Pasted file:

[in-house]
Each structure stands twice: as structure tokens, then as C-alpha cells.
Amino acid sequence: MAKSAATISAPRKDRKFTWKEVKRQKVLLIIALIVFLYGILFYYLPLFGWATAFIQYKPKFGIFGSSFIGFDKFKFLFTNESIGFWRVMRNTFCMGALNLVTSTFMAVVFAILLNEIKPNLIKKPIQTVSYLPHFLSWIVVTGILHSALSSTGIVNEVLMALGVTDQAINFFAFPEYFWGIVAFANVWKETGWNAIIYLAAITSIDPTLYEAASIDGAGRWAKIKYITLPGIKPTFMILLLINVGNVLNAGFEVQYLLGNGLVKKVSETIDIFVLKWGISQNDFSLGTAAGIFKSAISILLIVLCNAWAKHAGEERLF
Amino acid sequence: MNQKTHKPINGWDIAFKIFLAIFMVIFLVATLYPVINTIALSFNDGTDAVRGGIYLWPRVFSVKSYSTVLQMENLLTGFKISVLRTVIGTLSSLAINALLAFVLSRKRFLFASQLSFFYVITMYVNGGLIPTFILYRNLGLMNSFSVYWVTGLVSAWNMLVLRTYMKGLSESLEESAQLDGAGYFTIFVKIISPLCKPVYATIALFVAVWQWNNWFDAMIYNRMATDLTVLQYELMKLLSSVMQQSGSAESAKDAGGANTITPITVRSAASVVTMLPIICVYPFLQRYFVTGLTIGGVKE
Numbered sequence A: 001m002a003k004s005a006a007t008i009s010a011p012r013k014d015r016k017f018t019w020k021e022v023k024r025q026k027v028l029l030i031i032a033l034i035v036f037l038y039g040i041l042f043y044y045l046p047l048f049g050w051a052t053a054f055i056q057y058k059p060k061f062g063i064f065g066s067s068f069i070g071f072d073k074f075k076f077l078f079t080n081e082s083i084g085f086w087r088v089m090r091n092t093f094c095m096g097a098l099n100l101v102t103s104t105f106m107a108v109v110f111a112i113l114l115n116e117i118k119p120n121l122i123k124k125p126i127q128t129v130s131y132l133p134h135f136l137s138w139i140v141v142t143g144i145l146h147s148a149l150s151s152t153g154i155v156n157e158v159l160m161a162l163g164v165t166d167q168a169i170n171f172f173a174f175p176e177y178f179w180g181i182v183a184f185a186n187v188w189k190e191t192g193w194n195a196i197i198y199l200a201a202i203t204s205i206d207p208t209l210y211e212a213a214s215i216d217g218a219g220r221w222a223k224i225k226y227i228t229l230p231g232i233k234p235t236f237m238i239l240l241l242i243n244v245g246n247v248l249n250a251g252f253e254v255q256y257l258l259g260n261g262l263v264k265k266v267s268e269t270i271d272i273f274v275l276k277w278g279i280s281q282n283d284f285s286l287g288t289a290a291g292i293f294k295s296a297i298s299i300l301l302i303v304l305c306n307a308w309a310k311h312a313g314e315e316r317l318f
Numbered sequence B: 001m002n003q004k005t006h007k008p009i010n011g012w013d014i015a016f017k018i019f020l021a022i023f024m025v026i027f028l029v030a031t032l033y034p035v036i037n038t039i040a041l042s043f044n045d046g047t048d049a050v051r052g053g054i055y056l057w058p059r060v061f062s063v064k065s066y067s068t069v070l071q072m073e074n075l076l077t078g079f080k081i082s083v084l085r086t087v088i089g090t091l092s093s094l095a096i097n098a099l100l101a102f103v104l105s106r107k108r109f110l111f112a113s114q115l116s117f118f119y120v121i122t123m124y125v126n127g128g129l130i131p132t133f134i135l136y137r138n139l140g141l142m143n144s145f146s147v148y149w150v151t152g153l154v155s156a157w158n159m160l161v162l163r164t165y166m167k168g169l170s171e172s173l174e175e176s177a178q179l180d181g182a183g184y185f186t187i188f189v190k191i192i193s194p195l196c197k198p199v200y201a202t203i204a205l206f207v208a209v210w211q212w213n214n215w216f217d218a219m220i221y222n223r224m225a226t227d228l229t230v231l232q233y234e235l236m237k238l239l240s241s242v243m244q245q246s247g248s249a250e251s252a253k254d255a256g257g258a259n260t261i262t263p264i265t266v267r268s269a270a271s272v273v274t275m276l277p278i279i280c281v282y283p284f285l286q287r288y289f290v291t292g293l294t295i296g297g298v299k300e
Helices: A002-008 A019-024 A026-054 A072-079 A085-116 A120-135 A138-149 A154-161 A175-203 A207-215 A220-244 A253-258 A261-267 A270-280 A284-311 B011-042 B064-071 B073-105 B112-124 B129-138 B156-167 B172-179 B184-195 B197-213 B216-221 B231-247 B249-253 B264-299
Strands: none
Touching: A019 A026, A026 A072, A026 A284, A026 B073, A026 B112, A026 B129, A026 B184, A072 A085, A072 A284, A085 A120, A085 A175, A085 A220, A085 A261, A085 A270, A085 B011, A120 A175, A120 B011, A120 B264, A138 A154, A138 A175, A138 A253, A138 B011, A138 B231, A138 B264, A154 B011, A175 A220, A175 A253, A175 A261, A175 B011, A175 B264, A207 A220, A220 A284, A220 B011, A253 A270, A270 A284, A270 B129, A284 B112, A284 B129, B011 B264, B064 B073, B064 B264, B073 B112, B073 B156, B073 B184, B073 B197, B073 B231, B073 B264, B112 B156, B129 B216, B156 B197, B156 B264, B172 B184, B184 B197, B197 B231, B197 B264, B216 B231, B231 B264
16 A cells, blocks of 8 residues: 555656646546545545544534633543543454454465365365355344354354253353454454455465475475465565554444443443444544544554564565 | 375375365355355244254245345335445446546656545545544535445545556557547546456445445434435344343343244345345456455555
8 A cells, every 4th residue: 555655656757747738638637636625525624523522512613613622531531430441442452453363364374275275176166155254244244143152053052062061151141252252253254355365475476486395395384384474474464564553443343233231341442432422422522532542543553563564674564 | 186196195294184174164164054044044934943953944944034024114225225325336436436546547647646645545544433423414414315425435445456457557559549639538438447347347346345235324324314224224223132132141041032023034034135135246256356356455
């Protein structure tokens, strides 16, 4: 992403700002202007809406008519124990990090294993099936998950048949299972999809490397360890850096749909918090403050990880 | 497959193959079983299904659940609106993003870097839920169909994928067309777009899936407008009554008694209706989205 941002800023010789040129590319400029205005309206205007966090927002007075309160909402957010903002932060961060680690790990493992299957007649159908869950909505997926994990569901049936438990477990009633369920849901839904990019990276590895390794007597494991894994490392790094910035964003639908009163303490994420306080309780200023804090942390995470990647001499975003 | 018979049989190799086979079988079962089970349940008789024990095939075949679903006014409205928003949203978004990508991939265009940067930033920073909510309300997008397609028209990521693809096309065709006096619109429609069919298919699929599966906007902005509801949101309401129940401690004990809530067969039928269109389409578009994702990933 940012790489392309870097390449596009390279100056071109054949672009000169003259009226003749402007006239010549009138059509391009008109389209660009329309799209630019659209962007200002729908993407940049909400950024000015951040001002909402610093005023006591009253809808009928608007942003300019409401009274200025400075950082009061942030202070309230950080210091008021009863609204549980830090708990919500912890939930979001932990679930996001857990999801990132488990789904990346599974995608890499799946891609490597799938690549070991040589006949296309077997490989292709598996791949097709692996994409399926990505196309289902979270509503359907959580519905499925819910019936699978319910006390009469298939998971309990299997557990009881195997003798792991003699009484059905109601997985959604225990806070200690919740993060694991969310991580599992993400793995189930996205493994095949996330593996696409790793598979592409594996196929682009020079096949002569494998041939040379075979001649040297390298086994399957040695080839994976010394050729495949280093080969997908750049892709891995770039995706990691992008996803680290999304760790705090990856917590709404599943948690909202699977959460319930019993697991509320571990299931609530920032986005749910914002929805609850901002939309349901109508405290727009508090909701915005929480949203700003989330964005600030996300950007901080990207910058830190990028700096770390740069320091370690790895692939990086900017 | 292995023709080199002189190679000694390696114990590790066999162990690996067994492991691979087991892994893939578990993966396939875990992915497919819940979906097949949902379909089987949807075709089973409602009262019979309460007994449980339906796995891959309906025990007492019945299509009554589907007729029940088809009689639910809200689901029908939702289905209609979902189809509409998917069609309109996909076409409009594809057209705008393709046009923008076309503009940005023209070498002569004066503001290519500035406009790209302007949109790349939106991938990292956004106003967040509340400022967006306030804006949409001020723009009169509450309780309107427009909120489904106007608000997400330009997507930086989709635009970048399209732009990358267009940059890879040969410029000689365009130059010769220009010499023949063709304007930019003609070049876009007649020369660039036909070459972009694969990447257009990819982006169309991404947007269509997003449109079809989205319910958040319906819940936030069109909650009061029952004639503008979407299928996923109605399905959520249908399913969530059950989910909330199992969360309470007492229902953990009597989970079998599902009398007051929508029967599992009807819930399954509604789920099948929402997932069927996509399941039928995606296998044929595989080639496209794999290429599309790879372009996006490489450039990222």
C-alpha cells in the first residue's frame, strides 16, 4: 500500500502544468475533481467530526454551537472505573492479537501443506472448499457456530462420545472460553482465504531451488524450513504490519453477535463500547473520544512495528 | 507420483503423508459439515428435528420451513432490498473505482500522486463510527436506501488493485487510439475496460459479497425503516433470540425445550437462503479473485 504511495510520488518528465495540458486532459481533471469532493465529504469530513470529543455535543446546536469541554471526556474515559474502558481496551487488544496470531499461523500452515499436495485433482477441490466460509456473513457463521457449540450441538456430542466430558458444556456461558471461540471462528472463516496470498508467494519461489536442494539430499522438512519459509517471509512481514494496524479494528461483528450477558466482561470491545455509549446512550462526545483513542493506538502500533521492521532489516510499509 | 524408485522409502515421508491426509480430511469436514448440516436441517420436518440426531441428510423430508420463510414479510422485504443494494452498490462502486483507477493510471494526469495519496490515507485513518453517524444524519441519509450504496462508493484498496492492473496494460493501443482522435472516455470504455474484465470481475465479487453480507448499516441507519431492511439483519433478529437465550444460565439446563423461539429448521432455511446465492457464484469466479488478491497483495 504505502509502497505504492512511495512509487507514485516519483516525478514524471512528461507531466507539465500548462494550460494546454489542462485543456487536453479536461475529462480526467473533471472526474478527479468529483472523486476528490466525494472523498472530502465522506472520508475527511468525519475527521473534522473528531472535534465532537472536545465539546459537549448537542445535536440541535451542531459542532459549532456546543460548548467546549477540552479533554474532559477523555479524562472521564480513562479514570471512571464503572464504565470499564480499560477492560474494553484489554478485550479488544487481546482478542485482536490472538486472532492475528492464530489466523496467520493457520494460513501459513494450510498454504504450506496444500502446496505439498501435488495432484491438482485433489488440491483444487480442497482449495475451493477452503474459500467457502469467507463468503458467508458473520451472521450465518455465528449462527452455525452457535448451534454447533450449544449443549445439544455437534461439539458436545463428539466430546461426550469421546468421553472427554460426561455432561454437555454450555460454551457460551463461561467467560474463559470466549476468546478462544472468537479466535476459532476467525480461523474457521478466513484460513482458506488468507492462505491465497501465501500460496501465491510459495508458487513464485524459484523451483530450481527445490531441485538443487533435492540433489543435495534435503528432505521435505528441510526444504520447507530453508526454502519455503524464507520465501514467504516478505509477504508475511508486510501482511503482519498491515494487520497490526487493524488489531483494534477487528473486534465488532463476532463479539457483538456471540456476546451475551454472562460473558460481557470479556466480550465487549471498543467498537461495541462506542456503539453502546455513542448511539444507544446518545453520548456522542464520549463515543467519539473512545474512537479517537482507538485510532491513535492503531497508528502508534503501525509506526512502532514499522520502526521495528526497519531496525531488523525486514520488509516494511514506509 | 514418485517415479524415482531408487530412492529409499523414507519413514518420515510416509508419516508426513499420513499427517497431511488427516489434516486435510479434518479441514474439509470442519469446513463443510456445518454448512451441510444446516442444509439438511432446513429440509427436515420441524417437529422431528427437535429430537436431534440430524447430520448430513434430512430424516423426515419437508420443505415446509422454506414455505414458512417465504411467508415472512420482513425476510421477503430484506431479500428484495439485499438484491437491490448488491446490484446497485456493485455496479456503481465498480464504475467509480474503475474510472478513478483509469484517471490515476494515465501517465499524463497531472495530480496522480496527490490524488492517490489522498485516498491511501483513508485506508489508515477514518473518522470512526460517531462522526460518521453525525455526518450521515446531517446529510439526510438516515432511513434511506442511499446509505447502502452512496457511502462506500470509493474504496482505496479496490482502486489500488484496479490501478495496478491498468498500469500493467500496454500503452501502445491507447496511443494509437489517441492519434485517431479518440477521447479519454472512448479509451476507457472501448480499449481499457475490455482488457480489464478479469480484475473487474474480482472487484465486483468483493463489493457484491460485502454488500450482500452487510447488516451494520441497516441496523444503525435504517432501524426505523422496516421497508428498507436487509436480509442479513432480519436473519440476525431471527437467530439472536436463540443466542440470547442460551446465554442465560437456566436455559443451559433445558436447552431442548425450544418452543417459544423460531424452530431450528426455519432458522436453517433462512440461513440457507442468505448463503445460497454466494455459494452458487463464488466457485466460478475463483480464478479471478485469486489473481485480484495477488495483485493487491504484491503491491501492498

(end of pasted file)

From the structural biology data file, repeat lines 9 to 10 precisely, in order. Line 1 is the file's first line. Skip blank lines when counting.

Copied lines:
Touching: A019 A026, A026 A072, A026 A284, A026 B073, A026 B112, A026 B129, A026 B184, A072 A085, A072 A284, A085 A120, A085 A175, A085 A220, A085 A261, A085 A270, A085 B011, A120 A175, A120 B011, A120 B264, A138 A154, A138 A175, A138 A253, A138 B011, A138 B231, A138 B264, A154 B011, A175 A220, A175 A253, A175 A261, A175 B011, A175 B264, A207 A220, A220 A284, A220 B011, A253 A270, A270 A284, A270 B129, A284 B112, A284 B129, B011 B264, B064 B073, B064 B264, B073 B112, B073 B156, B073 B184, B073 B197, B073 B231, B073 B264, B112 B156, B129 B216, B156 B197, B156 B264, B172 B184, B184 B197, B197 B231, B197 B264, B216 B231, B231 B264
16 A cells, blocks of 8 residues: 555656646546545545544534633543543454454465365365355344354354253353454454455465475475465565554444443443444544544554564565 | 375375365355355244254245345335445446546656545545544535445545556557547546456445445434435344343343244345345456455555